With crowdfunded investors, Hops & Grain to open San Marcos brewery


Staying faithful to 78702

Less than a year after Hops & Grain made A Pale Mosaic one of its canned mainstays beers, the East Austin brewery is doing the same with its kölsch, the sort of German-style ale that Hops & Grain owner Josh Hare and his brewers excel at making. It’s going into bright yellow, green and white cans that will hit local bars and stores on June 27, in time for the Fourth of July holiday.

It’s partly thanks to the pleas of loyal fans (namely, Mike Lambert of the Beerists podcast) that the kölsch has been canned. The kölsch had originally been a limited draft-only offering, but now the hashtag Lambert and others used to persuade Hops & Grain, #canthekölsch, is front and center on the packaging.

Ultimately, though, Hare wants to pay tribute to the many other Austinites who live in the Hops & Grain ZIP code by naming it 78702.

“A big part of my hope for Hops & Grain when I opened it was to showcase the neighborhood I lived in, and I always loved how loyal people in 78702 are to their community,” he said. “I wanted to be a positively contributing member, so everything from how we dispose of our waste to how we interact with our neighbors, all of that is about wanting to be a good member of the community. … So (naming) it was just a fun way to let people know where our commitments lie and where we come from and showing our pride.”

In just four days, Hops & Grain raised a quarter of a million dollars to open a new facility in San Marcos — a second location that will allow the East Austin brewery to double the amount of beer produced each year.

But the money hasn’t come from big venture capitalist firms eager to cash in on the booming craft beer movement. Instead, Hops & Grain’s founder, Josh Hare, has taken advantage of a new federal law allowing ordinary people to invest in crowdfunded companies. Previously, only those with a net worth of $1 million or an annual income of $200,000 could make such an investment.

“It enables anyone to invest, so it’s a really neat opportunity not only for companies trying to grow, but also for just general, everyday people wanting to invest in something other than the stock market or their 401(k). They can invest in something a little more tangible,” Hare said.

His campaign, done through a site called wefunder.com, is completely regulated by the federal government, with Wefunder acting as the broker between the investors and the brewery and the voice box through which the brewery can speak. Hops & Grain has to be careful about what it posts on social media, for example, about the crowdfunding.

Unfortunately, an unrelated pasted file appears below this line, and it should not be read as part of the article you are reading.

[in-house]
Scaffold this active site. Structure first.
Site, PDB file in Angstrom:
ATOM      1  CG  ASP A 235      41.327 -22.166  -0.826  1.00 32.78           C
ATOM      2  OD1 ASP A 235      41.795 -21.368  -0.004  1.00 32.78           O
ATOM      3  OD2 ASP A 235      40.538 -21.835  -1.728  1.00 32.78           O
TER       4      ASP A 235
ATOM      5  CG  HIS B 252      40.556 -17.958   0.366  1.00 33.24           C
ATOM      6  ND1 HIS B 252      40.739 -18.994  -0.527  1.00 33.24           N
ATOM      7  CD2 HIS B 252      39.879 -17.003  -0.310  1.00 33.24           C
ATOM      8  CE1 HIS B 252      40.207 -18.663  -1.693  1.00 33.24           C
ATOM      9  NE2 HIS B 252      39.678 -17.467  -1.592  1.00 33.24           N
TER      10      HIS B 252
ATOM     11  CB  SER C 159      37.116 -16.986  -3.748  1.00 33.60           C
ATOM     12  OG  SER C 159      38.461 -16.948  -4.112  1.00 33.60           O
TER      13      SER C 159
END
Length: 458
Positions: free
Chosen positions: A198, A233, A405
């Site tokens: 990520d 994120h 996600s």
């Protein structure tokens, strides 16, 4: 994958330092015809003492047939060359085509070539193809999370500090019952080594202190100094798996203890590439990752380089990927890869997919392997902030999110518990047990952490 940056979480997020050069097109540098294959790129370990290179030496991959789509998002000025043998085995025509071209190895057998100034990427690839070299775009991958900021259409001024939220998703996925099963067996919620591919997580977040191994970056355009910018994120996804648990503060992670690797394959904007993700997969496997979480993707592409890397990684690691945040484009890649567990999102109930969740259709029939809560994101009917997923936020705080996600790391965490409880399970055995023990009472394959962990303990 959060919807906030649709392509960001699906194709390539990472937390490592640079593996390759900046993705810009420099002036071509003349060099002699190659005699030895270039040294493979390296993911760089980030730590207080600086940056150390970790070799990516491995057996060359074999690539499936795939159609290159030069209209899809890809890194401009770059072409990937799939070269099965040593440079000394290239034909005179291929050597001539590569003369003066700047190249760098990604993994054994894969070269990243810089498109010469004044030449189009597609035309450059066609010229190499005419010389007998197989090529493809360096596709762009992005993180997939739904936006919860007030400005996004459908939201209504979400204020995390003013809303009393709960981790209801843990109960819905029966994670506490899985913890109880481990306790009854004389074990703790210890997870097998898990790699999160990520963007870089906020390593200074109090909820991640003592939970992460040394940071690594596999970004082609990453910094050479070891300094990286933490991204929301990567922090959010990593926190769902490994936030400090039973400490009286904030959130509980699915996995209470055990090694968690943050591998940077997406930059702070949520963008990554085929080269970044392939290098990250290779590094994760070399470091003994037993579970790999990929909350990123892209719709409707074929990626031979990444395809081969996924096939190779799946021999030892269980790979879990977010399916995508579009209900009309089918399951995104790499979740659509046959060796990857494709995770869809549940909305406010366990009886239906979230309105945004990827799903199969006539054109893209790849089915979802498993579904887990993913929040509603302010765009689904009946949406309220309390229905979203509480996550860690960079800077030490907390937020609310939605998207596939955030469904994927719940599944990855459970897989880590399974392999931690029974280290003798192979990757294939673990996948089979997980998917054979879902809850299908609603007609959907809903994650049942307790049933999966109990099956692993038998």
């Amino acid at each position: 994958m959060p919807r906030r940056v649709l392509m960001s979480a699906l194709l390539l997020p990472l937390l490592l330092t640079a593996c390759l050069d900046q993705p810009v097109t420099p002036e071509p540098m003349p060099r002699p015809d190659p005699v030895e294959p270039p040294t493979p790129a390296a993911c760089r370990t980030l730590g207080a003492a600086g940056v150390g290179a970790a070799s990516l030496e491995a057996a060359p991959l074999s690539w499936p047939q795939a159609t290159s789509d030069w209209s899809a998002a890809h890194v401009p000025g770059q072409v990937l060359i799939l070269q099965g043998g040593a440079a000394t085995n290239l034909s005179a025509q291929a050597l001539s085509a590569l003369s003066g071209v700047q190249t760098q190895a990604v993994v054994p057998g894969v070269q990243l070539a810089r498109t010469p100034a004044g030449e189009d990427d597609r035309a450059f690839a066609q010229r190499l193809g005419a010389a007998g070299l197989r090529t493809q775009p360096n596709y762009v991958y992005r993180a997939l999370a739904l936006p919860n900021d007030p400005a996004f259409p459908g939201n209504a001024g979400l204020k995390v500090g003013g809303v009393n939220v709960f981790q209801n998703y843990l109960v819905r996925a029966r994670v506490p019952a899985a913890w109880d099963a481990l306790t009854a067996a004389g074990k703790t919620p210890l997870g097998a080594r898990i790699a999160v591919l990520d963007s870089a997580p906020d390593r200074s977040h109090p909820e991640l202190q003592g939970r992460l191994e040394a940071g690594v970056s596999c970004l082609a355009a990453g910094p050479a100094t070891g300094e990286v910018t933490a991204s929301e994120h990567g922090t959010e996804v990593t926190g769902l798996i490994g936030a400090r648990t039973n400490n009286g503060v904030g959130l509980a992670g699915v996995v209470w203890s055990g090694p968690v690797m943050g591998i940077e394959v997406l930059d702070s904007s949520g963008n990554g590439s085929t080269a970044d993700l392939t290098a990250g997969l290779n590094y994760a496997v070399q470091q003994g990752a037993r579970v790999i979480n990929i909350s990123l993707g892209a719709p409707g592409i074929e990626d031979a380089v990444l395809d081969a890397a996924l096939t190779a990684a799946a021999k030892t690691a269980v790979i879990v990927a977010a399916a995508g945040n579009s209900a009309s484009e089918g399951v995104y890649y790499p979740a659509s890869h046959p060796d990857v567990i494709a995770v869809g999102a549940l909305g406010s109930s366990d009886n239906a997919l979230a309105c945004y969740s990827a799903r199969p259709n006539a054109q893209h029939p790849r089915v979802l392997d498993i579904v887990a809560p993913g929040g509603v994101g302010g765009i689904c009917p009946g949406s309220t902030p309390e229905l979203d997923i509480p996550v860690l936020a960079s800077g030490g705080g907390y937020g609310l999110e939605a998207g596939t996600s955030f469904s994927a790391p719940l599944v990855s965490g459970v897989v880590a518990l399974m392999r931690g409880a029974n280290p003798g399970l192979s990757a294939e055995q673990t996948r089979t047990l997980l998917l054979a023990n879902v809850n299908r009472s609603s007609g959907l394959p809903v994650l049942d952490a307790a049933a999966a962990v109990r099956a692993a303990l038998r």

Nonetheless, “it’s opened us up to a whole new form of transparency,” Hare said, noting he’s had to sign many legal documents and give financial projections “for a building that isn’t opened yet but mirrors what we’ve already done.”

The Hops & Grain crowdfunding campaign went live late on June 8, and by Friday morning the brewery had already met an initial financial goal that Hare had expected would take a week to achieve. He’s hoping Hops & Grain can raise $1 million by November — and at the rate the Wefunder campaign is pulling in investors, that time frame will probably be greatly shortened.

But make no mistake: Hare still has a deep love for East Austin and the original facility at 507 Calles Street, where the brewery got its start in 2011. At the same time, he recognizes that location is at full capacity, with beers like The One They Call Zoe, a pale lager, and A Pale Mosaic, an American-style IPA, in high demand. These two beers make up 85 percent of Hops & Grain’s sales, and while both are beloved to the brewers, they’re ready to expand the boozy offerings.

In the college town of San Marcos, the new brewery and taproom powered 100 percent by wind energy will double the brewery’s total capacity with a 20,000 barrel brew house and bring back some of the beers that its current facility doesn’t have the ability to make, like Hops & Grain’s first release, Pale Dog. Plus, the San Marcos facility — which doesn’t have a location locked down yet — will have a program devoted to lagers.

“We can sell those at all our distribution footprints,” Hare said. “But we’ll also have specific beers at the Austin tasting room and others only in the San Marcos tasting room.”

Hops & Grain will also have a third set of beers only available at yet another space — a 10,000-square-foot building outside the Austin city limits at FM 969 and Texas 130, funded completely by Hare. Although this place had been previously announced, he anticipates that it and the San Marcos spot will open about the same time: within the next 10 to 12 months.

The far east location, Hare said, “will house 100 percent of our sour and wild beer program, the Volumes of Funk Series. It’ll open up a lot of space for us at the Calles Street brewery. It’s going to be a barrel-aging facility, with all beer made here and then inoculated and barreled there. I’m excited about being able to expand the program and get more bottles onto the market, as well as showcasing a side of Hops & Grain that most people don’t get to experience.”

San Marcos is also going to be the site of something special for Hops & Grain fans: a place where the investors can go and see their investment in action. They’ve contributed $100 to $10,000 each and will receive double that amount in the next five to six years, once beer sales kick in.

For Hare, these investors have made the crowdfunding campaign a humbling experience.

“I wouldn’t expect people to know about Hops & Grain, but they don’t just know it; they want to be part of it,” he said. “I think it’s a testament to our team and to everything we’ve been able to accomplish. People want to be a part of our brewery beyond just their six pack or pint at the bar.”



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